Transition Words for College Essays

 

College essays, regardless of the topic at hand, are all about making connections. Whatever your main point, it must be seamlessly linked from one paragraph to the next to boost readability and provide cohesion. One of the best ways to accomplish this is with transition words. Sometimes called conjunctive adverbs, they can help a reader follow your arguments. Ignoring the proper use of transition words is to your detriment and can interfere with your college essay’s natural flow.

 

Common transition words

 

There are approximately 200 transition words in the English language. They are used to connect ideas, introduce a shift in thinking, contrast or oppose a viewpoint, provide emphasis or agreement, or signal a conclusion.

 

Here are some examples of effective transition words: 

 

Common Transition Word for College Essays

FOR EMPHASIS

FOR ADDITION

FOR CONTRAST

FOR ORDER

FOR CONCLUSION

Absolutely

Additionally

Alternatively

Above all

Briefly

Clearly

Along with

Conversely

At this time

Consequently

Definitely

Apart from this

Despite/In spite of

Before

In brief

Especially

As well as

Differing from

First/Firstly

In conclusion

Importantly

Besides

Even so

First and foremost

In the final analysis

Indeed

Furthermore

In contrast (to)

Finally

In summary

In particular

In addition

Nevertheless

Following

In the end

Take into account

In addition to

Nonetheless

Last but not least

On the whole

Obviously

Moreover

Unlike

Previously

To conclude

Undoubtedly

Again

Whereas

Second/Secondly

To summarize

 

When and how to use transition words

 

Understanding the importance of transition words is not the same as knowing when and how to use them correctly. If you find yourself struggling to shift from one point to the next logically, chances are you are not using transition words effectively. It also is possible that the concepts in your outline do not build on each other naturally. Before you adjust your copy, create another outline with the main topics and sub-topics. Does the order flow smoothly? If one topic is not a logical transition to the next, try shifting the order of topics, so they also make sense in your outline.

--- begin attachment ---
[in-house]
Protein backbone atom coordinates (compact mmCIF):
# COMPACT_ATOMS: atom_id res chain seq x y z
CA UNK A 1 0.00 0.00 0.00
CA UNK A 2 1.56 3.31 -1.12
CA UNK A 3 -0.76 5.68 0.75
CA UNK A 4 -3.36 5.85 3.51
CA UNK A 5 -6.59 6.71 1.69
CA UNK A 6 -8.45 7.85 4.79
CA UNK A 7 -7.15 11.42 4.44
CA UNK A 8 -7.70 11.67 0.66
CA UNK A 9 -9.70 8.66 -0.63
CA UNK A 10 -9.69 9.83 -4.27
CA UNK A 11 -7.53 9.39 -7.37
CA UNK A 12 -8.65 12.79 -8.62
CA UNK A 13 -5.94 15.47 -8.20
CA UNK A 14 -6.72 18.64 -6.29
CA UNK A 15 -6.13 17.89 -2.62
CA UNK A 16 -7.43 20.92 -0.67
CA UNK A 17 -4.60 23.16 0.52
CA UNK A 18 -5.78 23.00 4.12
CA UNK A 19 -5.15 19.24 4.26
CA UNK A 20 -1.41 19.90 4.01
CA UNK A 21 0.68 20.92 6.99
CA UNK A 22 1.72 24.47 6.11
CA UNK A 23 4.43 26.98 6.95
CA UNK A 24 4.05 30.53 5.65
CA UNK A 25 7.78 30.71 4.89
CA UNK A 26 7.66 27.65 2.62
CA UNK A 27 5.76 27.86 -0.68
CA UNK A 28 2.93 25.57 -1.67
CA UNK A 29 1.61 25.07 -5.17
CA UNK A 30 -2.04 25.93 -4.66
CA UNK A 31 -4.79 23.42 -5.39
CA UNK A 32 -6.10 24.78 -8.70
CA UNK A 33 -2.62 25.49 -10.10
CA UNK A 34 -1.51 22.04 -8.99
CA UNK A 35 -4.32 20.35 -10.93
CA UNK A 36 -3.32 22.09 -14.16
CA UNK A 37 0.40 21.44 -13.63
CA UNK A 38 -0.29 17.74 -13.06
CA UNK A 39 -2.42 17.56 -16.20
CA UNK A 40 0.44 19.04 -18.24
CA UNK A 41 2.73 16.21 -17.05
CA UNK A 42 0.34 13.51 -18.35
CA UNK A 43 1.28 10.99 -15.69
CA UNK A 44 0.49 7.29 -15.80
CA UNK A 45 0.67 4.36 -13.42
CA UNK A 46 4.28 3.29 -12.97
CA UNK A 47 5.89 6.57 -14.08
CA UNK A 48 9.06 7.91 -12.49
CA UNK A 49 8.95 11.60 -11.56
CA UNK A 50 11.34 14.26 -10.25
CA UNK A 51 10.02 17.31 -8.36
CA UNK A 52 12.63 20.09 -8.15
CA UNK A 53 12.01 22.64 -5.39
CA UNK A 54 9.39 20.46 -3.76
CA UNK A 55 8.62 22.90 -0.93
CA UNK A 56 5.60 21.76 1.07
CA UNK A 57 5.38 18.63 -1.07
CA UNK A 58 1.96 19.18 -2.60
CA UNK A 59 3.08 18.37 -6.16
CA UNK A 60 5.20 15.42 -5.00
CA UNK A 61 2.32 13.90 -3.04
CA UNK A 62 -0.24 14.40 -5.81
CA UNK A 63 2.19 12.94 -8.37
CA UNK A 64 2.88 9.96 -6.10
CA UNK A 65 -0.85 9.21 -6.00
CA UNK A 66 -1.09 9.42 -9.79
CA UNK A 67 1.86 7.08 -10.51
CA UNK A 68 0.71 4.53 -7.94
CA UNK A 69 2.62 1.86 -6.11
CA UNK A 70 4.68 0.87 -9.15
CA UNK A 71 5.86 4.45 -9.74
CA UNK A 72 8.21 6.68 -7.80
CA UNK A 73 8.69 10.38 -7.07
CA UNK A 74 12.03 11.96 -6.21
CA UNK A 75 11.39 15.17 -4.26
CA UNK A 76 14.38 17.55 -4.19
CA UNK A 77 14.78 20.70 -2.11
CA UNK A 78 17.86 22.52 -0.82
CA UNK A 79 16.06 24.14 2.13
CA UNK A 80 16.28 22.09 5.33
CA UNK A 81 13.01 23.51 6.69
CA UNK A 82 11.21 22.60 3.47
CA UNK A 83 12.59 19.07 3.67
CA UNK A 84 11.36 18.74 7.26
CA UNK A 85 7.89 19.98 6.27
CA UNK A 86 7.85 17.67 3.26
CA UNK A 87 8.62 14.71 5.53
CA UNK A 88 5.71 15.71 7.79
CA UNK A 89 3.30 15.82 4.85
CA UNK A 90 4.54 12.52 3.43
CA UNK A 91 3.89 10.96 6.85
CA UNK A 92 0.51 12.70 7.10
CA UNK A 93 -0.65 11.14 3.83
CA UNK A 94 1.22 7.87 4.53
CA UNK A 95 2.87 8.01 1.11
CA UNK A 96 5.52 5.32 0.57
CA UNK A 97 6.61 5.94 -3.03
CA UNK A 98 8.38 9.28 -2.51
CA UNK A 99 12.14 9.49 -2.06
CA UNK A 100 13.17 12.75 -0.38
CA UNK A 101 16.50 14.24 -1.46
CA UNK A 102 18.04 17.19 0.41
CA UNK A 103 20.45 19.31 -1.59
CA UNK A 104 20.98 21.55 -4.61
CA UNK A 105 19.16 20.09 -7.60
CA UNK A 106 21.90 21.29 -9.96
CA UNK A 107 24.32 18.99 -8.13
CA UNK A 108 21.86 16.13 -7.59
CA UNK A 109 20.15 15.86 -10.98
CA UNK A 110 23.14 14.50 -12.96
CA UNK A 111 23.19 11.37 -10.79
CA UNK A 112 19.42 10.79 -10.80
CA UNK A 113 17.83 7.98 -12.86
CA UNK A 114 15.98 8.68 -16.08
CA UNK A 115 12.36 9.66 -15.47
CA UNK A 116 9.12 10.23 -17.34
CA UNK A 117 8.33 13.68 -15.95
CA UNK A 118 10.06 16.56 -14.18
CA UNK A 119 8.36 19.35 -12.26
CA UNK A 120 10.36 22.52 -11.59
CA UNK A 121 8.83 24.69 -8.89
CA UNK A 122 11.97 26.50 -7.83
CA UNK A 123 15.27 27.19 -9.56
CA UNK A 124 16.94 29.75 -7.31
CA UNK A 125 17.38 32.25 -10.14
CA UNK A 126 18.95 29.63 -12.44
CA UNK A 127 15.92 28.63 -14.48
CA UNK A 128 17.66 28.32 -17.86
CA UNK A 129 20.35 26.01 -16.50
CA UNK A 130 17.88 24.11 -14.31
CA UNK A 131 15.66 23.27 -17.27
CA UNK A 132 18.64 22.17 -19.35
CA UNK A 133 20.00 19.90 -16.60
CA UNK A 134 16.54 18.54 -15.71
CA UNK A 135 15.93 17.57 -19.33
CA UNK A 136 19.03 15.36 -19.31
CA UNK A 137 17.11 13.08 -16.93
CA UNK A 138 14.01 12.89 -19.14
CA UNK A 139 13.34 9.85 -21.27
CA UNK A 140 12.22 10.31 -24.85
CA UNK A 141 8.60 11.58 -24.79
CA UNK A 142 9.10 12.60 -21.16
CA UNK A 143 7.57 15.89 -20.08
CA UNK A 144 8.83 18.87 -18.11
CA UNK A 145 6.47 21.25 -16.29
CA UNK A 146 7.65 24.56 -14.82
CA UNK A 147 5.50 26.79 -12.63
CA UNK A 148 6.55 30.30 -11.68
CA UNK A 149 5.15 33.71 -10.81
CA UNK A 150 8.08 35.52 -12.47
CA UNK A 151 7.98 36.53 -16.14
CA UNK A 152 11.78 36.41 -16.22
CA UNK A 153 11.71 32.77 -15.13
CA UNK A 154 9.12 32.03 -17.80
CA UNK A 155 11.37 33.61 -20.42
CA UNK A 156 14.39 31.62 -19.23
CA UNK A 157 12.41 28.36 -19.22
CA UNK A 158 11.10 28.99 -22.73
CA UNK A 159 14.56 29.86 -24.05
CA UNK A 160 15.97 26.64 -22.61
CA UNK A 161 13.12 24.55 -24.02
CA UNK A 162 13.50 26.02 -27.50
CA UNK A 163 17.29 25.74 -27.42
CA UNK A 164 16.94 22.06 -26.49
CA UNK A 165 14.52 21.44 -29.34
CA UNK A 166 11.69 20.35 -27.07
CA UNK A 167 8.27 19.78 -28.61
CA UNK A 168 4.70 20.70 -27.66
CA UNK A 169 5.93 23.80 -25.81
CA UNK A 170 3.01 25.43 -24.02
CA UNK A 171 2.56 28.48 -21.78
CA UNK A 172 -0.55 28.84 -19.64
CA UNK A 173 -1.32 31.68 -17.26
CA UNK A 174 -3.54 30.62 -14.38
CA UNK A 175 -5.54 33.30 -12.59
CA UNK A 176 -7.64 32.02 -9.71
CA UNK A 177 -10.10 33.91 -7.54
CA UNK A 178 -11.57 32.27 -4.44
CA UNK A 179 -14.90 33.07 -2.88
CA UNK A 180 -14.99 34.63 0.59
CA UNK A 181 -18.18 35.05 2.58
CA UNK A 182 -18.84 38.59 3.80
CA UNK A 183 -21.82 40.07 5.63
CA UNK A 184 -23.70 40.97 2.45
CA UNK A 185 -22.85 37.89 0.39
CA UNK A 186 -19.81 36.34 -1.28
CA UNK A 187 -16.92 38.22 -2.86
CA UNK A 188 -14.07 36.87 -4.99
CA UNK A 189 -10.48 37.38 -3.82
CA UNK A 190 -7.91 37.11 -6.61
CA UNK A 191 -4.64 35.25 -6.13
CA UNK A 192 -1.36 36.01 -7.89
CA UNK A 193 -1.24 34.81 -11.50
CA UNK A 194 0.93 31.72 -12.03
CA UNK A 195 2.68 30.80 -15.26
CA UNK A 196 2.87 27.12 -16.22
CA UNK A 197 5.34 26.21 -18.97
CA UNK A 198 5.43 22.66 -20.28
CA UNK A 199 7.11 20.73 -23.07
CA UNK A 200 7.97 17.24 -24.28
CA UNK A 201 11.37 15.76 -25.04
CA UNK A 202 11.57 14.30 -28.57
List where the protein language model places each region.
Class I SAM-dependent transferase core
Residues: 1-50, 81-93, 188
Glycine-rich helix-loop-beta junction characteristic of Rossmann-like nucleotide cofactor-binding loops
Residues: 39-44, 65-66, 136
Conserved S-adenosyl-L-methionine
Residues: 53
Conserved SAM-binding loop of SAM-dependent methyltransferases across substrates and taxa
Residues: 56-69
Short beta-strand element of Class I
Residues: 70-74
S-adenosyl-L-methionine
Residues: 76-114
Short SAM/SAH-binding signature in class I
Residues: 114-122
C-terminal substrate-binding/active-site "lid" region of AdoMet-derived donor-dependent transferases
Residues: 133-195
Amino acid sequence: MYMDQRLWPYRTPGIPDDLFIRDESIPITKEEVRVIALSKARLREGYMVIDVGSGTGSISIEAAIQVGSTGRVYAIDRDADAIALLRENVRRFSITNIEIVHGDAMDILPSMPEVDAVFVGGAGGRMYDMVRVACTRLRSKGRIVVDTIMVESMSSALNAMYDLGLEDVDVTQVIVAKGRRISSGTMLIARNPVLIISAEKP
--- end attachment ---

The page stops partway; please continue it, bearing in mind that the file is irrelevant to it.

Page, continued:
Never use transition words alone and follow them with special punctuation. There are rules about which types of punctuation are most appropriate. In most cases, use semicolons and periods after the opening sentence. Never use a semicolon unless the group of words on either side of it are a complete sentence. Use a comma to denote how the clause relates to the previous phrase.

 

Example

In this sentence, we are using the transition word consequently to signal we are concluding our thought: 

Single-use plastics pollute our environment and poison our wildlife. Large plastic pieces can break into smaller fragments, finding their way into the stomachs of more than 90 percent of the world’s sea birds. Consequently, they should be banned and replaced with an eco-friendly alternative.

 

Same-Day Editing Services

 

If you are struggling to use transition words effectively, consider working with a professional editor. At Editor World, we provide same-day editing services. 

 

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